poem #10: things that aren't there anymore
the old neighborhood
I’ve been in Pittsburgh this week, visiting my (vaccinated!) parents during my kids’ spring break. We were all desperate for a change of scenery, and the one benefit of teaching online is that the zoom boxes go anywhere with you. (But also: the work goes everywhere with you.)
I’ve been thinking about how re-entering your childhood home (ish, in my case - I lived in this house from 8th grade on, so my memories of living here are mostly angsty suburban flight) is its own kind of time travel. I still have trouble at the intersection that used to be a stop sign; they put in a light years ago, but I never look for it and often end up jamming up traffic. And people in Pittsburgh famously orient themselves by old landmarks - when we first moved to Pittsburgh and my mom, who has a terrible sense of direction, was trying to learn her way around, people would say things like, “turn left where the Howard Johnson used to be,” and she’d think, well if I knew where that was, I wouldn’t be asking you for help.
This prompt will ask you to explore an old landscape or neighborhood that was important to you, either via google maps or photographs, or in person. We’ll use Lynda Barry’s freewriting exercise again to get started. (I talked about Lynda Barry and the rationale for freewriting in prompt #6.) Credit again goes to Erinn Batykefer for the prompt and the Lynda Barry connection.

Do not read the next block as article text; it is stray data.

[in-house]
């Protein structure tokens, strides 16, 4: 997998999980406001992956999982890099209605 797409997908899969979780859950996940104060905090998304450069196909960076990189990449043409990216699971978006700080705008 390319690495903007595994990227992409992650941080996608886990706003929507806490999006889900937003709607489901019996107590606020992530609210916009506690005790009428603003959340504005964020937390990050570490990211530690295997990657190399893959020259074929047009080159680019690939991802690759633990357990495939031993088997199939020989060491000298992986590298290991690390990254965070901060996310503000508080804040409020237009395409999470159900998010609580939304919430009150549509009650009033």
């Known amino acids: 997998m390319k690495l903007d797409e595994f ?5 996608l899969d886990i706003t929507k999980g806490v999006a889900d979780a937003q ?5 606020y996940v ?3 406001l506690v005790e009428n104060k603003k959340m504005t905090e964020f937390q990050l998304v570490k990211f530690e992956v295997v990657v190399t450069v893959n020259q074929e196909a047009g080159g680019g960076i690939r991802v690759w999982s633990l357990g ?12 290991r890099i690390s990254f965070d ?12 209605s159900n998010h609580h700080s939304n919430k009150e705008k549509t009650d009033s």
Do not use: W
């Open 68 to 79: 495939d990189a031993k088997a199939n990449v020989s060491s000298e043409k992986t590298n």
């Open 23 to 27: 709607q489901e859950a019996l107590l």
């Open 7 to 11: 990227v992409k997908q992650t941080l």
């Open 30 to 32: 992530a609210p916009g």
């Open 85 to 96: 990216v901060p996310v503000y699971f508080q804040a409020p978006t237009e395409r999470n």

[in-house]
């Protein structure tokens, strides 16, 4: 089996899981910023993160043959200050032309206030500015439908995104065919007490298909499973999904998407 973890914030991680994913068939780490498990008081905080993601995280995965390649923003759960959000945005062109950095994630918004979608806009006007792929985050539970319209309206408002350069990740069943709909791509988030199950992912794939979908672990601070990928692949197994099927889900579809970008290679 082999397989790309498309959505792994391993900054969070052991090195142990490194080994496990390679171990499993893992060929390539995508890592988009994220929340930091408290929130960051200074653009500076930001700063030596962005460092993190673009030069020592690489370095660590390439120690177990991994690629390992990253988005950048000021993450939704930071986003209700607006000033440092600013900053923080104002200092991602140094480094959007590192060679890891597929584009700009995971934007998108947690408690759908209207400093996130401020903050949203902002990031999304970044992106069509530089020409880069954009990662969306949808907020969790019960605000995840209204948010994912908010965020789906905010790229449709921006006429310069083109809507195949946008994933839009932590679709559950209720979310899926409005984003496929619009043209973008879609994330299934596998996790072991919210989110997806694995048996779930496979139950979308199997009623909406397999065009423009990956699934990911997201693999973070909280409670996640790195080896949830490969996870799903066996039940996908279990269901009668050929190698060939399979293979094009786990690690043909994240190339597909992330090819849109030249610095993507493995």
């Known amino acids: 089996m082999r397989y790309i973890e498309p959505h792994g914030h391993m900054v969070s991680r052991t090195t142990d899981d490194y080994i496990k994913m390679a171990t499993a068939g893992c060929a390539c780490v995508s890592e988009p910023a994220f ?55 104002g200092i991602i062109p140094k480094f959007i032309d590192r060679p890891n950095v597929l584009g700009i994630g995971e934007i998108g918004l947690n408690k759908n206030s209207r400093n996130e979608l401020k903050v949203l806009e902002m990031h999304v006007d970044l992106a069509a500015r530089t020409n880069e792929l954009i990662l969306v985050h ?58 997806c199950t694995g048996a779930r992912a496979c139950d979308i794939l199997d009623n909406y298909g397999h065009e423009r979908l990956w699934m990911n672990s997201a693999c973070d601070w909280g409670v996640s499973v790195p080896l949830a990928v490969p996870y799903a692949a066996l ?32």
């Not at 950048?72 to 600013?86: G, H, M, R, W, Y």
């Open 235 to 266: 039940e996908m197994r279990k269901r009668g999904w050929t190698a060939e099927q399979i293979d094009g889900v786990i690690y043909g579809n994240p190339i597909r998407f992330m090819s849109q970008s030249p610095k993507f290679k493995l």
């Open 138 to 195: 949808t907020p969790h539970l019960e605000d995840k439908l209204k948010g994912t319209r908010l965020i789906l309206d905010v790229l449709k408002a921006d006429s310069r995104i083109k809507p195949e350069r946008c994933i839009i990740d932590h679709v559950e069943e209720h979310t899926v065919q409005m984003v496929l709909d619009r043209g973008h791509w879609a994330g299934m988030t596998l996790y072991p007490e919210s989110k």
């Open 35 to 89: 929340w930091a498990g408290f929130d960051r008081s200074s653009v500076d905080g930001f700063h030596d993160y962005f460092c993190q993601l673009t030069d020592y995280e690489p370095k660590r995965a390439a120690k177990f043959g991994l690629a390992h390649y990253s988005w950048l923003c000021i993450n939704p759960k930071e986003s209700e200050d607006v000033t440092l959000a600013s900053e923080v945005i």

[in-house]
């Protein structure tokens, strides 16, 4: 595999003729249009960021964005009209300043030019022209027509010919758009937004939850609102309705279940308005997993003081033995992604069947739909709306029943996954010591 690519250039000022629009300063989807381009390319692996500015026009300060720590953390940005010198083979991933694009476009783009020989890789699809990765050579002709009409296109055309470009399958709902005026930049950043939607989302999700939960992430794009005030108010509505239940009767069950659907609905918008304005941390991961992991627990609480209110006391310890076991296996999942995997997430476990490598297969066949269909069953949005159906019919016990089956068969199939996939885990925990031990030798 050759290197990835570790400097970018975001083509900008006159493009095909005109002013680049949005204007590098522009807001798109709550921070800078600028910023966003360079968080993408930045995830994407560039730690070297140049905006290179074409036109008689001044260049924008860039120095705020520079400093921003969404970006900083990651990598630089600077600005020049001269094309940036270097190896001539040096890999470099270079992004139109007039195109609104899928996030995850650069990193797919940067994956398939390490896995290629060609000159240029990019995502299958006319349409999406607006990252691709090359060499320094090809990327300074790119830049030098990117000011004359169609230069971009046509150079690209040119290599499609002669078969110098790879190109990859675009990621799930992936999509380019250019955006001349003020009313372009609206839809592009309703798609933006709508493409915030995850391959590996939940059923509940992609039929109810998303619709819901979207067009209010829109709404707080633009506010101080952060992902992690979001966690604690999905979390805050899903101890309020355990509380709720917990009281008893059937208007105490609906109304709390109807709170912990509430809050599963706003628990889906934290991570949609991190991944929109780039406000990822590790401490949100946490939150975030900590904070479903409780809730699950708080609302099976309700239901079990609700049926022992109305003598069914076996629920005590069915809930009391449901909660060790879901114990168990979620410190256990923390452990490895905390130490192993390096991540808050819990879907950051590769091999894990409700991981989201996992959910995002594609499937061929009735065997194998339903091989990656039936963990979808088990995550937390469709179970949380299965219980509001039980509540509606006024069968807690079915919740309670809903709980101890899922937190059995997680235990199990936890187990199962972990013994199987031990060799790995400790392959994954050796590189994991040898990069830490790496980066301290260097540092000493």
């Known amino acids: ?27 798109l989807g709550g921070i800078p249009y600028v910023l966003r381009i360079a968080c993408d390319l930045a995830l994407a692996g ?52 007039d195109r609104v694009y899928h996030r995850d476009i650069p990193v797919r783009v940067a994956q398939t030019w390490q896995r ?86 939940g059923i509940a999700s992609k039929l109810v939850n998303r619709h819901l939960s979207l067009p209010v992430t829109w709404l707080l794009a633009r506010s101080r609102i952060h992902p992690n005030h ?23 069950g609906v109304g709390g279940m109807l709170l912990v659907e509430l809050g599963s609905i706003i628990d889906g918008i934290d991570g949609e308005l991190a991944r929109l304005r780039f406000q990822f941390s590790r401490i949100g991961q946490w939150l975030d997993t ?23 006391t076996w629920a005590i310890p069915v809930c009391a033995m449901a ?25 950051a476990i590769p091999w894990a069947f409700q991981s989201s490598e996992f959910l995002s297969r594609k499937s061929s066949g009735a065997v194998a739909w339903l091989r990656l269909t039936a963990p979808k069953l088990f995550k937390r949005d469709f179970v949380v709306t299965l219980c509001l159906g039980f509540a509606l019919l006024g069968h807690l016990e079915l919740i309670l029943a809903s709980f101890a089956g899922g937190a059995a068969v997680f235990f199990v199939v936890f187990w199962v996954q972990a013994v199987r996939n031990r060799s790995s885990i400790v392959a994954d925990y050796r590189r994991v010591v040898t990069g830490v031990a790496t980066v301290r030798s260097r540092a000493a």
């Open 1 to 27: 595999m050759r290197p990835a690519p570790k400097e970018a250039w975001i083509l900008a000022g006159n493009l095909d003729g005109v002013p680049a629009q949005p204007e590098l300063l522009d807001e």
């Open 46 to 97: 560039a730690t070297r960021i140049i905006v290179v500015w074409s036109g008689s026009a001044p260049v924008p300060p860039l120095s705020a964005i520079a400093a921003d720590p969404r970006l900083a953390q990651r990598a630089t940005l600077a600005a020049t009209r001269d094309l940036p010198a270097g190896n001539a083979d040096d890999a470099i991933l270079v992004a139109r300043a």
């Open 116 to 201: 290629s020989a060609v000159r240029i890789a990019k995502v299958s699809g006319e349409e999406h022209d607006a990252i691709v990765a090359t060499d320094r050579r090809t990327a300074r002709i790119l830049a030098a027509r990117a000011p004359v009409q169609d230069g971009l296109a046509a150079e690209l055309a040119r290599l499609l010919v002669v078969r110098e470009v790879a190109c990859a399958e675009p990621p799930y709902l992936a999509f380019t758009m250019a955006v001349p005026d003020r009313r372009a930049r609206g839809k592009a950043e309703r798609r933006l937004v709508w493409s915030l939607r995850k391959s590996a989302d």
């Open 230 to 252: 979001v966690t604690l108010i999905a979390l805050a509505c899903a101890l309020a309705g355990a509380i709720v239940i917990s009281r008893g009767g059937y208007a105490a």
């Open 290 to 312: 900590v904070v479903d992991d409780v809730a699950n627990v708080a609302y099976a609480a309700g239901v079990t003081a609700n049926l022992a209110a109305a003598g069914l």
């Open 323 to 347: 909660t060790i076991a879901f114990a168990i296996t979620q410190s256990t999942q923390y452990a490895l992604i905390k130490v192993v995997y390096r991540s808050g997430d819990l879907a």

Prompt #10: Things That Aren’t There Anymore
Select a place that’s been important to you - the neighborhood where you grew up, an apartment where you lived in college, a city you visited with a friend. Visit it again using whatever means are available to you - an in-person visit, google maps, photos, your memories. Find an area you remember that has changed remarkably, and begin your writing there.
Begin your spiral with the image(s) of what used to be there and what's there now-- describe it fully. Begin the 9 minutes of writing with the phrase “I am giving directions; I am trying to tell you how to get where I am” with the idea of telling an outsider how to get around using landmarks that don't exist.
If it helps, you can think of this poem as a kind of ode - a poem in praise of the place that used to be. You could title it Ode to the Old Howard Johnson or Ode to the Eat n Park, for example.
Sharing your work helps sustain momentum. I’ll leave the comments open, so you can share a poem title, a snippet of a line, or something else about your writing life.